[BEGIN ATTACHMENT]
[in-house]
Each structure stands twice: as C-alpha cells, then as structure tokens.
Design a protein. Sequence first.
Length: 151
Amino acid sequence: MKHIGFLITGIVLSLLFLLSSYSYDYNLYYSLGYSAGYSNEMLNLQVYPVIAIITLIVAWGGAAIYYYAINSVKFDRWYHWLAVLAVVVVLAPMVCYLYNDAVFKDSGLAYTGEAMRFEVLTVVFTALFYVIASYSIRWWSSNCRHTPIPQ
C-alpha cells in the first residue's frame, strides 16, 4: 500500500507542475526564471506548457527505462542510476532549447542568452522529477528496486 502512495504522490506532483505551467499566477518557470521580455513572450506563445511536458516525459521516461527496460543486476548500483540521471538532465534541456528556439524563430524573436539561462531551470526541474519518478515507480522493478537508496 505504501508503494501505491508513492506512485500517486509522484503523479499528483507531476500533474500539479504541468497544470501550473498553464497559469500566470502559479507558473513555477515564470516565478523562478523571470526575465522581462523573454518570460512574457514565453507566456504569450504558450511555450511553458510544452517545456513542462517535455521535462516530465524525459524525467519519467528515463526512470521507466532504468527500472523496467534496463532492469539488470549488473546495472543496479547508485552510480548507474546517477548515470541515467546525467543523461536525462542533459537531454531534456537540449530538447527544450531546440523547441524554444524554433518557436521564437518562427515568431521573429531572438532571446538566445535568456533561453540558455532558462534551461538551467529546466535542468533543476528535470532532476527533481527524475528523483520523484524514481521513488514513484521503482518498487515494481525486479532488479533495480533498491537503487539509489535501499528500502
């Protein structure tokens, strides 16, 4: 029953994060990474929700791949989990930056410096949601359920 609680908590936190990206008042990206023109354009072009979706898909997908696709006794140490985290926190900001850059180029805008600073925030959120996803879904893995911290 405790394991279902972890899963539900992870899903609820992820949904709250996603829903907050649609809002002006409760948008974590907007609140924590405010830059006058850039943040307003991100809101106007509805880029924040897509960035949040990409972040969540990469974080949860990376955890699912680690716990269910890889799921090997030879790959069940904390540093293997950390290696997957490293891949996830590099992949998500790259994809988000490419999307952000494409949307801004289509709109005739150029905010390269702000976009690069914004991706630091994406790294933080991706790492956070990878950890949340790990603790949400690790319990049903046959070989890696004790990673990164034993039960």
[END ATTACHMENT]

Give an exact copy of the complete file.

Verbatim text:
[in-house]
Each structure stands twice: as C-alpha cells, then as structure tokens.
Design a protein. Sequence first.
Length: 151
Amino acid sequence: MKHIGFLITGIVLSLLFLLSSYSYDYNLYYSLGYSAGYSNEMLNLQVYPVIAIITLIVAWGGAAIYYYAINSVKFDRWYHWLAVLAVVVVLAPMVCYLYNDAVFKDSGLAYTGEAMRFEVLTVVFTALFYVIASYSIRWWSSNCRHTPIPQ
C-alpha cells in the first residue's frame, strides 16, 4: 500500500507542475526564471506548457527505462542510476532549447542568452522529477528496486 502512495504522490506532483505551467499566477518557470521580455513572450506563445511536458516525459521516461527496460543486476548500483540521471538532465534541456528556439524563430524573436539561462531551470526541474519518478515507480522493478537508496 505504501508503494501505491508513492506512485500517486509522484503523479499528483507531476500533474500539479504541468497544470501550473498553464497559469500566470502559479507558473513555477515564470516565478523562478523571470526575465522581462523573454518570460512574457514565453507566456504569450504558450511555450511553458510544452517545456513542462517535455521535462516530465524525459524525467519519467528515463526512470521507466532504468527500472523496467534496463532492469539488470549488473546495472543496479547508485552510480548507474546517477548515470541515467546525467543523461536525462542533459537531454531534456537540449530538447527544450531546440523547441524554444524554433518557436521564437518562427515568431521573429531572438532571446538566445535568456533561453540558455532558462534551461538551467529546466535542468533543476528535470532532476527533481527524475528523483520523484524514481521513488514513484521503482518498487515494481525486479532488479533495480533498491537503487539509489535501499528500502
């Protein structure tokens, strides 16, 4: 029953994060990474929700791949989990930056410096949601359920 609680908590936190990206008042990206023109354009072009979706898909997908696709006794140490985290926190900001850059180029805008600073925030959120996803879904893995911290 405790394991279902972890899963539900992870899903609820992820949904709250996603829903907050649609809002002006409760948008974590907007609140924590405010830059006058850039943040307003991100809101106007509805880029924040897509960035949040990409972040969540990469974080949860990376955890699912680690716990269910890889799921090997030879790959069940904390540093293997950390290696997957490293891949996830590099992949998500790259994809988000490419999307952000494409949307801004289509709109005739150029905010390269702000976009690069914004991706630091994406790294933080991706790492956070990878950890949340790990603790949400690790319990049903046959070989890696004790990673990164034993039960």